Terby Crater
Terby Crater
PSP_006752_1525  Science Theme: Future Exploration/Landing Sites
Terby Crater was suggested as a possible landing site for the Mars Science Laboratory rover mission. It is a large crater blasted into the northern rim of the gargantuan Hellas Basin. Both of these holes in the crust of Mars were formed by impacts with asteroids or comets early in the planet’s geologic history.

Large impacts excavate material from deep within the crust, allowing a rover to access rocks that otherwise would require a massive drilling rig. Since the interior of Mars is warm enough for liquid water, these rocks are of great interest in the search for possible ancient life on the Red Planet.

As this HiRISE image shows, Terby Crater is interesting for additional reasons. The curving ridges most prominent near the center of the image look like stream channels. However, unlike normal channels, the interior is higher than the surroundings. One way features like this form on Earth is called “topographic inversion.” Stream beds can become lined with larger gravels or cobbles, making them quite resistant to erosion, so with time, the surroundings are removed and the originally low channel is left standing high (and dry).

Another way similar features form is when a stream is flowing underneath a glacier. In this case the liquid water is confined by ice on either side and the sediments can build up. When the ice is removed, a ridge of these sediments is left behind. These are called “eskers” by geologists. While further examination of this and similar HiRISE images may be able to distinguish between these possibilities, a rover would allow more detailed studies.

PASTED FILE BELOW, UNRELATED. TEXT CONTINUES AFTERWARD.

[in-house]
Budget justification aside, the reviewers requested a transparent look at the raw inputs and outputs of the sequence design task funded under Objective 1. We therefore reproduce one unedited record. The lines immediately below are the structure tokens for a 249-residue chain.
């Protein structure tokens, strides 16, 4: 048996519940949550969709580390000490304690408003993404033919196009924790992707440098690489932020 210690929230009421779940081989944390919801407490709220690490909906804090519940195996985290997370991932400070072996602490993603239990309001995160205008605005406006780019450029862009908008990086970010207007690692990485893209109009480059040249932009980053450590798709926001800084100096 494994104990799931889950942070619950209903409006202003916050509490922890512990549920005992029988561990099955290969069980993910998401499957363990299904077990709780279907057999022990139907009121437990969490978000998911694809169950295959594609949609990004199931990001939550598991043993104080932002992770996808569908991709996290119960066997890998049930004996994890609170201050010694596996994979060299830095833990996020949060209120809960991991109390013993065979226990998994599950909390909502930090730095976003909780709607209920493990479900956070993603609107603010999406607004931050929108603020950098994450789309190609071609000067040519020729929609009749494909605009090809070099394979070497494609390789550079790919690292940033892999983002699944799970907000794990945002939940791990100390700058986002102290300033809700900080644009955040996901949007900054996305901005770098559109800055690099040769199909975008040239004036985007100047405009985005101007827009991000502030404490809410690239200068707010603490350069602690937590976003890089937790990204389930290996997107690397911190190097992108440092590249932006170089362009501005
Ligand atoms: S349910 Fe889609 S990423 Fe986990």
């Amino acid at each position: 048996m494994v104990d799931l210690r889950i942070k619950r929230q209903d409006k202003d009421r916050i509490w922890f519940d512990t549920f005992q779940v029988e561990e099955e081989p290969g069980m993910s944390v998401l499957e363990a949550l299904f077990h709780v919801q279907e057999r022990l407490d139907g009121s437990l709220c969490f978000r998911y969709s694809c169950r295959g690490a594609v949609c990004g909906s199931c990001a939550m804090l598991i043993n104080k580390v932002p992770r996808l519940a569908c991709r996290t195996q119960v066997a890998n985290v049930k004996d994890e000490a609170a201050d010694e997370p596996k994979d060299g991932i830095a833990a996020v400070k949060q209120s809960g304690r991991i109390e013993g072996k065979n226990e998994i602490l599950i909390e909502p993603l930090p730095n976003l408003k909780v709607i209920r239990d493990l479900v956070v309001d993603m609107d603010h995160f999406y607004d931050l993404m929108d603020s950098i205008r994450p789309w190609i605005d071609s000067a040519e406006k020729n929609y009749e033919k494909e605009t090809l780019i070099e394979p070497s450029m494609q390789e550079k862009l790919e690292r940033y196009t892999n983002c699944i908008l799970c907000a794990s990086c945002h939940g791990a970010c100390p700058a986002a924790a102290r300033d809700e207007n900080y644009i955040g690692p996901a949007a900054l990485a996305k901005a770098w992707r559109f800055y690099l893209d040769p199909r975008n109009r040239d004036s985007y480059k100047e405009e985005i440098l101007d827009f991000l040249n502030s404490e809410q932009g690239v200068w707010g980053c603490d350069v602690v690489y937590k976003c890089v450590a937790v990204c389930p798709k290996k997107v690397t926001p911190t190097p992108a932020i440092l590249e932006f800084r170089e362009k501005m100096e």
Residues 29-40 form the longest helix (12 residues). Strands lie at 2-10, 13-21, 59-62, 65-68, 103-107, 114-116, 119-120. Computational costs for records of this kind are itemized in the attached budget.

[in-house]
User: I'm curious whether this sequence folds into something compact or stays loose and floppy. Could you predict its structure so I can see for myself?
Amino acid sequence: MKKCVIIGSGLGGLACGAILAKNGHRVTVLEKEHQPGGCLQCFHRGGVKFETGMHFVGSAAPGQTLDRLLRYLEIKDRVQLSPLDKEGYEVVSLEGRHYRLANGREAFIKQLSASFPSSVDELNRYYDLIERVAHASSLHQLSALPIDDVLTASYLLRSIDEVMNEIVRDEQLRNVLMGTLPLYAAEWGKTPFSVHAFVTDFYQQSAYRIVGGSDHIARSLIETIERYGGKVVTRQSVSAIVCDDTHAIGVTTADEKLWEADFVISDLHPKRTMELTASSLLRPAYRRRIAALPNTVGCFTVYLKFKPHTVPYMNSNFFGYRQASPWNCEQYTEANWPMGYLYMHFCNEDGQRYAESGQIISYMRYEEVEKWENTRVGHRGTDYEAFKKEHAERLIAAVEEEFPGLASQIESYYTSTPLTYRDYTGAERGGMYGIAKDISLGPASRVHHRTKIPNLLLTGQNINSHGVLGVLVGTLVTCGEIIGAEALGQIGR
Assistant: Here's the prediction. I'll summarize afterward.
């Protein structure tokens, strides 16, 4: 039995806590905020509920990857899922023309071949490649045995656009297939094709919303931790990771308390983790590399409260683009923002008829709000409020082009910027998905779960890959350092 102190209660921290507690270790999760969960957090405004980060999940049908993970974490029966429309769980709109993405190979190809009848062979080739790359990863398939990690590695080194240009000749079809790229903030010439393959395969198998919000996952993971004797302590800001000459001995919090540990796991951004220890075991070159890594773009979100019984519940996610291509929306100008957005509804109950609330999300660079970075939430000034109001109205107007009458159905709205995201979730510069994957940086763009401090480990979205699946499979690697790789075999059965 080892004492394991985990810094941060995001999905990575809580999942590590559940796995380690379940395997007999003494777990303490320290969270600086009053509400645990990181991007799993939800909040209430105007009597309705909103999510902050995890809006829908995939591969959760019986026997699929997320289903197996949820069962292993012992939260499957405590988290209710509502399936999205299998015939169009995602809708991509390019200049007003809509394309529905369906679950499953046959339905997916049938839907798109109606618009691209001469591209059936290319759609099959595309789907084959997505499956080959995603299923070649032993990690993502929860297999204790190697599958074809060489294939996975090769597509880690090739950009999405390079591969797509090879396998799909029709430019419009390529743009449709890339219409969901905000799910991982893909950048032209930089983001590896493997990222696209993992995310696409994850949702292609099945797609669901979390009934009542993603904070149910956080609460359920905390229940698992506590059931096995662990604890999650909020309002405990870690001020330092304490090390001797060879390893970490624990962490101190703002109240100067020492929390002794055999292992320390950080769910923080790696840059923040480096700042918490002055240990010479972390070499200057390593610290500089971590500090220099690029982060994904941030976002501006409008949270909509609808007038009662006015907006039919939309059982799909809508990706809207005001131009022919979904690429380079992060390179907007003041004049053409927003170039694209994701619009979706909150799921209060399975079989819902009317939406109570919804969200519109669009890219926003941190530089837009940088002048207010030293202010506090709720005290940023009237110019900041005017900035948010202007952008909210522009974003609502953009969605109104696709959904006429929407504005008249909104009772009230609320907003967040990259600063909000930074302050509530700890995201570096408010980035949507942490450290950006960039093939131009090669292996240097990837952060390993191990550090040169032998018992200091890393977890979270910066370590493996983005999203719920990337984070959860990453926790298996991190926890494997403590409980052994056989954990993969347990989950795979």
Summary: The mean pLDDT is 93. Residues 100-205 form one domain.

Written by: Laszlo P. Keszthelyi  (6 February 2008)

This is a stereo pair with PSP_005618_1525.
Acquisition date
04 January 2008

Local Mars time

Latitude (centered)

Longitude (East)

Spacecraft altitude
258.1 km (160.4 miles)

Original image scale range
27.4 cm/pixel (with 1 x 1 binning) so objects ~82 cm across are resolved

Map projected scale
25 cm/pixel and North is up

Map projection

Emission angle

Phase angle

Solar incidence angle
51°, with the Sun about 39° above the horizon

Solar longitude
12.7°, Northern Spring

For non-map projected images
North azimuth:  97°
Sub-solar azimuth:  41.2°
Black and white
map projected  non-map

IRB color
map projected  non-map

Merged IRB
map projected

Merged RGB
map projected

RGB color
non-map projected

Black and white
map-projected   (1848MB)

IRB color
map-projected   (870MB)

Black and white
map-projected  (1081MB)
non-map           (948MB)

IRB color
map projected  (394MB)
non-map           (831MB)

Merged IRB
map projected  (505MB)

Merged RGB
map-projected  (514MB)

RGB color
non map           (787MB)
Map-projected, reduced-resolution
Full resolution JP2 download
Anaglyph details page

B&W label
Color label
Merged IRB label
Merged RGB label
EDR products

IRB: infrared-red-blue
RGB: red-green-blue
About color products (PDF)

Black & white is 5 km across; enhanced color about 1 km
For scale, use JPEG/JP2 black & white map-projected images

All of the images produced by HiRISE and accessible on this site are within the public domain: there are no restrictions on their usage by anyone in the public, including news or science organizations. We do ask for a credit line where possible:
NASA/JPL/University of Arizona

NASA’s Jet Propulsion Laboratory, a division of the California Institute of Technology in Pasadena, Calif., manages the Mars Reconnaissance Orbiter for NASA’s Science Mission Directorate, Washington. The HiRISE camera was built by Ball Aerospace and Technology Corporation and is operated by the University of Arizona.